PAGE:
- Subject has a history of concealing contraband, weapons, or drugs.
- Subject has prior or current charges involving drugs, weapons, or contraband.
- Has been incarcerated at another facility and is being transferred to the custody of RSW Regional Jail. This includes those who appear in court overnight in other jurisdictions.
- Any outside inmates removed from the program will be strip searched when they return to the RSW Regional Jail.
19. According to Virginia Code 19.2-59.1, no person in custody for a traffic violation, a class 3 or class 4 misdemeanor, or a violation of an ordinance of the city, county, or county the city, liable to a maximum of thirty (30) days in jail, will be strip searched while incarcerated, unless there is reasonable cause to believe by an officer in charge of law enforcement that the individual is concealing a weapon.
1. All persons, once incarcerated and upon completion of classification and medical examinations, will be searched without clothing before moving into general population housing. No individual should be moved to the general population until it has been searched without clothing.
At its March meeting, the RSWRJ Authority approved the acquisition of scanners designed to augment full body and body cavity searches. the Tek84 Intercept Full Body Security Scanning System was approved for purchase at an initial cost of $149,000 with funding split between the prison’s general fund and the commissioner’s fund. It was noted that in the current fiscal year 2022, approximately $159,000 in additional bed rental fees were collected from projected revenues for the full fiscal year. Part of this surplus would be applied to the General Fund contribution to the purchase. After the expiration of the initial three-year parts, labor, and maintenance contract, an annual maintenance cost of $7,500 per year was expected. There were no dissenting votes to buy.
Also at 2 p.m. on April 28and At the meeting, as noted by Ed Daley above, the RSWRJ Board of Directors discussed whether to seek accreditation from the American Correctional Association (ACA). Information presented to the board indicated that of a total of 59 prisons in Virginia, only 9 currently hold ACA accreditation. This includes 2 of the 23 regional prisons and 7 of the 36 local prisons. With an annual cost of $13,500 associated with obtaining and maintaining official certification, the board decided that additional information was needed before making a decision. It has been observed that a number of prisons that had applied for and obtained certification have since lost or abandoned it.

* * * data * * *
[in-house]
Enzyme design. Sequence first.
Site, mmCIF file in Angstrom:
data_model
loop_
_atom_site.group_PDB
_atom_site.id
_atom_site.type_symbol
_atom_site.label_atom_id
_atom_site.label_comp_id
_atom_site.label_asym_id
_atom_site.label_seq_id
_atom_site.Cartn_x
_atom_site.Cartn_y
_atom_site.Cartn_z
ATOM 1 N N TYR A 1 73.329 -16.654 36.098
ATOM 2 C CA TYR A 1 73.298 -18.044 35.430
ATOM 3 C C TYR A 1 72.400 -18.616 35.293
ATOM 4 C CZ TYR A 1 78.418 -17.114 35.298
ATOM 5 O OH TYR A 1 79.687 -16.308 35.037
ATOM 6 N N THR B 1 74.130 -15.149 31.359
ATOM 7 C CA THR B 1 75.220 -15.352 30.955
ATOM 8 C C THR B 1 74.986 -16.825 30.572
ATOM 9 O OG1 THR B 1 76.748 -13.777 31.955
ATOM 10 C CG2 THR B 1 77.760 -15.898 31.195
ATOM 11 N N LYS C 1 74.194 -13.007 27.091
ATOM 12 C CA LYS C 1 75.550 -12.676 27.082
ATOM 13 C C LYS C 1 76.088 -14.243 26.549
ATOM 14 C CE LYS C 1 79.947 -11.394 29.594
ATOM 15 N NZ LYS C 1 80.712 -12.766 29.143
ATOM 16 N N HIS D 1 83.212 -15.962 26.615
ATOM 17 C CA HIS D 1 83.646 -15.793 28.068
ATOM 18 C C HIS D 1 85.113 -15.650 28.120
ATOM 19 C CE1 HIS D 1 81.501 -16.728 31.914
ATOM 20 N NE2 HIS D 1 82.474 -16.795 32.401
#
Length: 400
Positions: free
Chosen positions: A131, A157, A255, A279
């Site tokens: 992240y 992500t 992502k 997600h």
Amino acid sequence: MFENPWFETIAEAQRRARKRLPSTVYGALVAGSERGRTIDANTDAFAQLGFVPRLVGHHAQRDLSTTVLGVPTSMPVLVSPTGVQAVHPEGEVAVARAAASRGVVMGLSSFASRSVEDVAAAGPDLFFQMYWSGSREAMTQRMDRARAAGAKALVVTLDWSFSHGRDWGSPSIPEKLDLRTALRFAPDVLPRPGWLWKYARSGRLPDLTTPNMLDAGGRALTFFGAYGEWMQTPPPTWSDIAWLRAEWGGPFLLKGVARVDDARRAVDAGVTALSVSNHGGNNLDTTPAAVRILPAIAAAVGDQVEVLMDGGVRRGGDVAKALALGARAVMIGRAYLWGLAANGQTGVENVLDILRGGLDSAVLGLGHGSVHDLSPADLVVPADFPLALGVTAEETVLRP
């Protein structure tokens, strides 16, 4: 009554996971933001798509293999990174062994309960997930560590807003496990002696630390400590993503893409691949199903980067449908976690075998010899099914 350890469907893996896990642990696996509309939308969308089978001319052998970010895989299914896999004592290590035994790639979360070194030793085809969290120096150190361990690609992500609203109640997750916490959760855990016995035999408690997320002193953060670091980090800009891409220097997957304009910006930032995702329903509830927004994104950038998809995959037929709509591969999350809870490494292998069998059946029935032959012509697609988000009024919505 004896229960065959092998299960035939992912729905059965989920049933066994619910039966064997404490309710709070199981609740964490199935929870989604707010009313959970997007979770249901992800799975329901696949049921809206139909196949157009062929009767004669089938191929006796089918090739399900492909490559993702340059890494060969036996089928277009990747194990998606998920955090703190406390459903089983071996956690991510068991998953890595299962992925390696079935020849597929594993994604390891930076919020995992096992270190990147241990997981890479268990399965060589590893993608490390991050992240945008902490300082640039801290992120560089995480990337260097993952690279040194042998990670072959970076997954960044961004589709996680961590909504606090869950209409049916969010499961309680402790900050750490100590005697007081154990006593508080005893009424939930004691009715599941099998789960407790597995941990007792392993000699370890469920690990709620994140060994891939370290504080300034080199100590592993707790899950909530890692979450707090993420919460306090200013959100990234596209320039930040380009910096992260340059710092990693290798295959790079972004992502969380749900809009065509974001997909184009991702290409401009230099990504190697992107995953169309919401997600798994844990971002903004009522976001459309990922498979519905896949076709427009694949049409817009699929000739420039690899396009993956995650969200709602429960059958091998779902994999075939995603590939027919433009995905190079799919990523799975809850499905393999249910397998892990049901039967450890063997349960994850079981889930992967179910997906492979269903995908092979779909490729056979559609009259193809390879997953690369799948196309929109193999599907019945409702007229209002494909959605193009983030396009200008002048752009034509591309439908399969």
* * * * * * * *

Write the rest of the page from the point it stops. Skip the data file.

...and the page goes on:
It would be useful to research information on why prisons that had applied for accreditation and then voluntarily dropped it would be useful to understand the perceived disadvantages of formal membership. It was noted that a prison might seek to self-regulate to ACA standards without official involvement or accreditation from the national organization.
With respect to the prison’s proposed FY23 budget of approximately $16 million, like Commonwealth municipalities, the RSW Regional Prison is awaiting final approval of a state budget. With state contributions still pending, the Board and Finance and Personnel Committee are working with two Cost of Living Act (COLA) increases, one to 10%, the other at 5%. It was predicted that the likely outcome of state funding would lead to an increase of 5% or 4%. A vote has been postponed, likely to next month’s meeting. The possibility of a working session before this meeting at the end of May to cover a final draft proposal, hopefully with the actual state number to fill in, was discussed.
In other matters, during his superintendent’s report, Gilkison told the board that there are currently no cases of COVID at the facility. However, entry screenings and quarantines are still being observed as a precaution. Works release crews are still traveling various neighborhood roads for trash pickup, which has been welcomed by affected neighborhoods, Gilkison told the council. The facility is still processing over 40 vacancies, some of which arose with the onset of the COVID pandemic.
Before adjourning in the late afternoon, the next meeting dates of May 26, July 28 and September 22 were set. All board meetings are held at 2 p.m., usually after a finance and personnel committee meeting at 1:30 p.m., as was the case this month.